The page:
How to stop saying I’m sorry all the time
Most people want to be likeable. That’s a good thing, because the desire to be likeable leads us to behaviors such as minding our manners, fighting fairly, or providing “constructive feedback” rather than just telling our co-workers what we really think.
Unfortunately, research shows that for many women the need to be likeable leads to a tendency to apologize when no apology is needed. Susan Fleming, a senior lecturer at the Cornell School of Hotel Administration specializing in entrepreneurship and women in leadership says that women are often victims of the “double bind,” a situation in which women have to navigate a fine line between being assertive and smart (in other words, a leader) while also exhibiting the more feminine qualities of being communal or nice. She goes on to say that women tend to face strong reactions as leaders due to gender stereotypes. Plus, women tend to deal with impostor syndrome, which can lead them to second guess themselves.
Women also tend to be perceived as less competent than men. While this perception certainly isn’t fair, as women, we’re not doing ourselves any favors by apologizing when we shouldn’t. Saying “I’m sorry” more than necessary undermines your credibility, makes you look insecure, and can be annoying. Plus, if you start speaking by apologizing for your ideas, how can anyone else take them seriously. As RuPaul says, “If you can’t love yourself, how the hell are you going to love someone else?”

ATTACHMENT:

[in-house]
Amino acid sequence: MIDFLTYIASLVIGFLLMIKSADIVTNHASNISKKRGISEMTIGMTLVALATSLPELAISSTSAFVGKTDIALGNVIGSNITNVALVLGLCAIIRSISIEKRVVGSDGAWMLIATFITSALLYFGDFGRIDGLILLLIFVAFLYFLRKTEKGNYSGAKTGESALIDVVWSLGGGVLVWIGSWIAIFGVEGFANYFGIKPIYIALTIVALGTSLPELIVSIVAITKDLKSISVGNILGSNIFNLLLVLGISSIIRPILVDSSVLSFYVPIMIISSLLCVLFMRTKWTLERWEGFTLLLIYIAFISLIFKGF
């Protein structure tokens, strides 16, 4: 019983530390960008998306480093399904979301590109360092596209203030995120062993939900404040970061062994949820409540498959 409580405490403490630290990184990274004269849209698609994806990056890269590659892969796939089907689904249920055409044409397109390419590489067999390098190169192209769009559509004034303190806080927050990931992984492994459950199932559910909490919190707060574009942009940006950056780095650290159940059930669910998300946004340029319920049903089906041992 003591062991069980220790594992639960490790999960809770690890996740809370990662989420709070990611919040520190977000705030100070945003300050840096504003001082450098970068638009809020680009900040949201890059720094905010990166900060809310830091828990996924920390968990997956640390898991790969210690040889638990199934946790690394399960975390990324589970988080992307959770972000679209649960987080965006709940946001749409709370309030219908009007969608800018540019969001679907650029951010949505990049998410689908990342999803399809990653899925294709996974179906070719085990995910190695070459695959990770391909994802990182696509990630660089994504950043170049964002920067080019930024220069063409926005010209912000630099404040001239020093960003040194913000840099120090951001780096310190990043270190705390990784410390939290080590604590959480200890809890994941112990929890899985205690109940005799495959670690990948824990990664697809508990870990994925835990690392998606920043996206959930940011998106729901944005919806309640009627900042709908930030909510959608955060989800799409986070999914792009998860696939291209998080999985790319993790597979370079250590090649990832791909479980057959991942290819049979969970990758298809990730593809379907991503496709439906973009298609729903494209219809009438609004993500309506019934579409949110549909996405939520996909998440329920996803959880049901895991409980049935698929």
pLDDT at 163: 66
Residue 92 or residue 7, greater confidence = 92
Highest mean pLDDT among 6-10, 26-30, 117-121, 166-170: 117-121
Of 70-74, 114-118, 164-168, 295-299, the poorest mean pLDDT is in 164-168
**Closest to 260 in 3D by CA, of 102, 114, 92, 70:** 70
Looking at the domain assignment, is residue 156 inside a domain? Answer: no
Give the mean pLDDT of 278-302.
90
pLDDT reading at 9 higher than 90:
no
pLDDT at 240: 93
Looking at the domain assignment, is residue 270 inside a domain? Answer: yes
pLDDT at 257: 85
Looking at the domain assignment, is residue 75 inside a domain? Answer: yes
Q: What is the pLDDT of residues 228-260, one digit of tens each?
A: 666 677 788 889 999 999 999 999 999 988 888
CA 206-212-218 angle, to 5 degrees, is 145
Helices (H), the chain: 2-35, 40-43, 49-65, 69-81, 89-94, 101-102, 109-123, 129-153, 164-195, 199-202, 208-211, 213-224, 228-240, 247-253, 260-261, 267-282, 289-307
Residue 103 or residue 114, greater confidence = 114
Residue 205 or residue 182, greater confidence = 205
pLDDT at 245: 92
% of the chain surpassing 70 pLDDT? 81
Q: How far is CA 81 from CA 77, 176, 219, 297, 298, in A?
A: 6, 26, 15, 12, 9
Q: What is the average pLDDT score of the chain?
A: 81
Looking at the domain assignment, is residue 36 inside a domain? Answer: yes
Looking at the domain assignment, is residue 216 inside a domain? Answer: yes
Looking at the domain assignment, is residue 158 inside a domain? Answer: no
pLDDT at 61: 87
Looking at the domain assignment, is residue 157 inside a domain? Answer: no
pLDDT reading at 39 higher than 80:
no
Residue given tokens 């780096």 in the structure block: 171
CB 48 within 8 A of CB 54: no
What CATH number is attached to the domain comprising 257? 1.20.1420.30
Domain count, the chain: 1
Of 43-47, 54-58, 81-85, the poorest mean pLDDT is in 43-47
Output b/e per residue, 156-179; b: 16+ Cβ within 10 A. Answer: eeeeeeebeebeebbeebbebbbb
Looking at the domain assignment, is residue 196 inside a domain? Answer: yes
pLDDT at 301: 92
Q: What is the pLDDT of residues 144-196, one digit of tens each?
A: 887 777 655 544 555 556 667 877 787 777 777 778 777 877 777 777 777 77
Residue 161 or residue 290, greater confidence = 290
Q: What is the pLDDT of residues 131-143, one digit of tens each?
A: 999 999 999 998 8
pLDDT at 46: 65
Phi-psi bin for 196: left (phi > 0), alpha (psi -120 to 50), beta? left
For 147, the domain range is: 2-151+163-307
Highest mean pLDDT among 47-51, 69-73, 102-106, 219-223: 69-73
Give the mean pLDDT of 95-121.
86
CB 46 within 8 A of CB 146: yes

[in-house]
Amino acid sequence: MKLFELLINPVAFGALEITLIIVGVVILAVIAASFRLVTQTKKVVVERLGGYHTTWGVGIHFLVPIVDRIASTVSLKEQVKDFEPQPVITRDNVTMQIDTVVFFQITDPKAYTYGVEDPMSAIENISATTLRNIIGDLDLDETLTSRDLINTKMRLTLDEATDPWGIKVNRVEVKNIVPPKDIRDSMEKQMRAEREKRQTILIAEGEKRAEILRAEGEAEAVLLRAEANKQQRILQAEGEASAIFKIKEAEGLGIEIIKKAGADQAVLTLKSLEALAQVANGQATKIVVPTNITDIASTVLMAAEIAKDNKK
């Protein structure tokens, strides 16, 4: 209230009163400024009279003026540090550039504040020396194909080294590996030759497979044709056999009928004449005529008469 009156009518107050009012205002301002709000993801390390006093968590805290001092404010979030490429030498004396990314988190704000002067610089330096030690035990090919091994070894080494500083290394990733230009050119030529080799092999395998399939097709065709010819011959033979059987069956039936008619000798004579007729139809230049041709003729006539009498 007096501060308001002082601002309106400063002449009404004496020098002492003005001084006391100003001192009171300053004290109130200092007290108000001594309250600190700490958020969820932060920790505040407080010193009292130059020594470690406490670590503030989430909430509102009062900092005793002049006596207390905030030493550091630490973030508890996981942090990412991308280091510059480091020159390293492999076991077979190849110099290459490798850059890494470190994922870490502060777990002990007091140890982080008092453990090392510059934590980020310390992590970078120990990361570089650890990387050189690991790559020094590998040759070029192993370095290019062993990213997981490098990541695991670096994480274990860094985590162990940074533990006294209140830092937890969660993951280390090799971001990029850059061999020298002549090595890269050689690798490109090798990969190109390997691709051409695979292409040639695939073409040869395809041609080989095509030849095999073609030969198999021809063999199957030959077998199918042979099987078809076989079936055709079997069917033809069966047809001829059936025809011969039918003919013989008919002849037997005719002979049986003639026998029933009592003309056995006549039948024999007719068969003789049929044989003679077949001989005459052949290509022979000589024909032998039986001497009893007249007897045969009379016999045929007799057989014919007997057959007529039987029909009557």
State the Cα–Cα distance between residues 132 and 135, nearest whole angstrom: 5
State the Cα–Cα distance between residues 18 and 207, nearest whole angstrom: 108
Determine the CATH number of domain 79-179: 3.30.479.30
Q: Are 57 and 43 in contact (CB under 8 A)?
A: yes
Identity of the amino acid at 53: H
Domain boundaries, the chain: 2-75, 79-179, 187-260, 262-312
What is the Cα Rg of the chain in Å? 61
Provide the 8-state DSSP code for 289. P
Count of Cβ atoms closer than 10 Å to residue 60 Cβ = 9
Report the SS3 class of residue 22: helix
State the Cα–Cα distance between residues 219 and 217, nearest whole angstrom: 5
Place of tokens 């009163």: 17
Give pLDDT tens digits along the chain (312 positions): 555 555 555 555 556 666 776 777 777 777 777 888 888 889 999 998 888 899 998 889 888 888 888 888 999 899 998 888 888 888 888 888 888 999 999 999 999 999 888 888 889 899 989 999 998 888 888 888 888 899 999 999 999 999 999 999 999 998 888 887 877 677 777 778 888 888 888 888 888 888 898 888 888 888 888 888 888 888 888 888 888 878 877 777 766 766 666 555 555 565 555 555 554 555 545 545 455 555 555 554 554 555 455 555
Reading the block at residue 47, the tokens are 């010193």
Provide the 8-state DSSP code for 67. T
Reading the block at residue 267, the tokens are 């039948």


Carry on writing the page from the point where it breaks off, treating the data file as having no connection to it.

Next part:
So, what can you do if you tend to say I’m sorry more than you should? Try these ideas:
Instead of saying I’m sorry when you bump into someone - try pardon me. Pardon me also works well when you can’t hear what someone said and need them to repeat themselves.
Instead of saying I’m sorry when you need to introduce an idea in a meeting - just say I have an idea. Don’t apologize for it first. You have good ideas!
Instead of saying I’m sorry when you need to clarify a point - say, “I’d like to ask a question.”
Instead of saying I’m sorry when you’re late - try saying, “Thanks for waiting.” Or, express appreciation by saying you’re glad the other person waited for you.
Removing the I’m sorrys from your normal conversation takes work but it can be done. If possible, practice what you want to say when you see the situation coming, such as when you’re getting ready to enter a meeting a little late. You already know you’re late, prep yourself to NOT apologize! If you can eliminate excess apologies from your conversation, you’ll feel stronger and more competent, which will have a positive impact on others’ perceptions of you.